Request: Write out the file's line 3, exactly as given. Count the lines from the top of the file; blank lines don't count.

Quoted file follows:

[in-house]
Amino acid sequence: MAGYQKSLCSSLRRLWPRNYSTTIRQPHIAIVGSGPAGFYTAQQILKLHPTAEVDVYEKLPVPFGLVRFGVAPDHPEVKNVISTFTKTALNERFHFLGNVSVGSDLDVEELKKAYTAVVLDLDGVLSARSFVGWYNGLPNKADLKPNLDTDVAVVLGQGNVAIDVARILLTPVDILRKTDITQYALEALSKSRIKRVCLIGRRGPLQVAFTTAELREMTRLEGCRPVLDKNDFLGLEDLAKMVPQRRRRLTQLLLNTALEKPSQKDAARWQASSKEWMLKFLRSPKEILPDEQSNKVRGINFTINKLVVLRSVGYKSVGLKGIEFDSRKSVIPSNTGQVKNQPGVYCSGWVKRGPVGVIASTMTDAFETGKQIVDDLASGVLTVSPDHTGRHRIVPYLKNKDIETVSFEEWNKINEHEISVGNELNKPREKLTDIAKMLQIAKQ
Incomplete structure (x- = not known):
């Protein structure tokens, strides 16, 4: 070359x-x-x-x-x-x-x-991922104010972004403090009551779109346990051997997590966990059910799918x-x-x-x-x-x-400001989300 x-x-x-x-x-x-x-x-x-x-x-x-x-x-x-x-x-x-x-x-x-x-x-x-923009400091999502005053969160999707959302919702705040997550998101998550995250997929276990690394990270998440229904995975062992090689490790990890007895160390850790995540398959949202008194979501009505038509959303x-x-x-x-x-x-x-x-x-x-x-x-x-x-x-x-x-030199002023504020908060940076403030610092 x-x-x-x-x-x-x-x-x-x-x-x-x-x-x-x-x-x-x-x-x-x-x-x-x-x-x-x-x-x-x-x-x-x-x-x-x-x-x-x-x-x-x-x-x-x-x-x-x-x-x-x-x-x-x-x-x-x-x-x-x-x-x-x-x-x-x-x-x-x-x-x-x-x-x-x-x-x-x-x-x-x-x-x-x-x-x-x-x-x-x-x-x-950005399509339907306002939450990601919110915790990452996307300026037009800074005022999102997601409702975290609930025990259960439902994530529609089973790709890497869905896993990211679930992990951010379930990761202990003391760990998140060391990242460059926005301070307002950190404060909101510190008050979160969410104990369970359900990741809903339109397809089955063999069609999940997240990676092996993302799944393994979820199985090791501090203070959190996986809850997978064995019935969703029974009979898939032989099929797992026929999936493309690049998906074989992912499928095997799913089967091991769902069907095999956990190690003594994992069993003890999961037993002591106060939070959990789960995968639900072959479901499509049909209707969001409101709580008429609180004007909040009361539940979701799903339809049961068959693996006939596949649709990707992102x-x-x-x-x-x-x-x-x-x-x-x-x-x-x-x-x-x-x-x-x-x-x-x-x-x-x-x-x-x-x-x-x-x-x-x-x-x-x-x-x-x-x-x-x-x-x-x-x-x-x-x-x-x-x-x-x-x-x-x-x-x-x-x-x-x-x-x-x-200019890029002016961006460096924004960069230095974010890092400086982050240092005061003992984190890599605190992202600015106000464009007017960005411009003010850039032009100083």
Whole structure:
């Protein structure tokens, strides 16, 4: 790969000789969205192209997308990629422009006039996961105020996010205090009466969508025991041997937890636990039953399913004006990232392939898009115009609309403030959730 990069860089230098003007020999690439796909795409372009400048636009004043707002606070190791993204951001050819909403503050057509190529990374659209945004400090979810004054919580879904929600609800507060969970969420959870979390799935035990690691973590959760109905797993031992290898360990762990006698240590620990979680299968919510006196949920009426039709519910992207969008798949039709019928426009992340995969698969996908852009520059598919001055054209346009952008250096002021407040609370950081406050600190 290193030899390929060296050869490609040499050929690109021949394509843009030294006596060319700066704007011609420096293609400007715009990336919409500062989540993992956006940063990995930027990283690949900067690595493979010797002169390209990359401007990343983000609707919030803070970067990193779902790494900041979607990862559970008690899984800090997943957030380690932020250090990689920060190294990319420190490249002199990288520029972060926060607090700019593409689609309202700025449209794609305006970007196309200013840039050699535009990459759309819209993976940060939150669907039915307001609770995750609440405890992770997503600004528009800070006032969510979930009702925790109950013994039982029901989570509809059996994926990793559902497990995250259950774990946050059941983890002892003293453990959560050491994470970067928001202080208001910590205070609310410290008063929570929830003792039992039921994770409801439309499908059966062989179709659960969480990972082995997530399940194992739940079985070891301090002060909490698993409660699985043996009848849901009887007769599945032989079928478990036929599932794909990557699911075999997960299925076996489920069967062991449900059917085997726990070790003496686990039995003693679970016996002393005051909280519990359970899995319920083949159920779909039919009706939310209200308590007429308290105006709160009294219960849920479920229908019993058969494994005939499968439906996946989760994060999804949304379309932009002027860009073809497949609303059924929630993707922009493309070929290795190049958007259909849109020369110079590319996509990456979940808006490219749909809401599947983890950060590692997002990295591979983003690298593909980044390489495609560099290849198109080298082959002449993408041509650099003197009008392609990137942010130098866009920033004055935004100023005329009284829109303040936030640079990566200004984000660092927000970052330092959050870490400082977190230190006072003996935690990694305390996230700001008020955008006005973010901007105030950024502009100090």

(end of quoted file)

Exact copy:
Incomplete structure (x- = not known):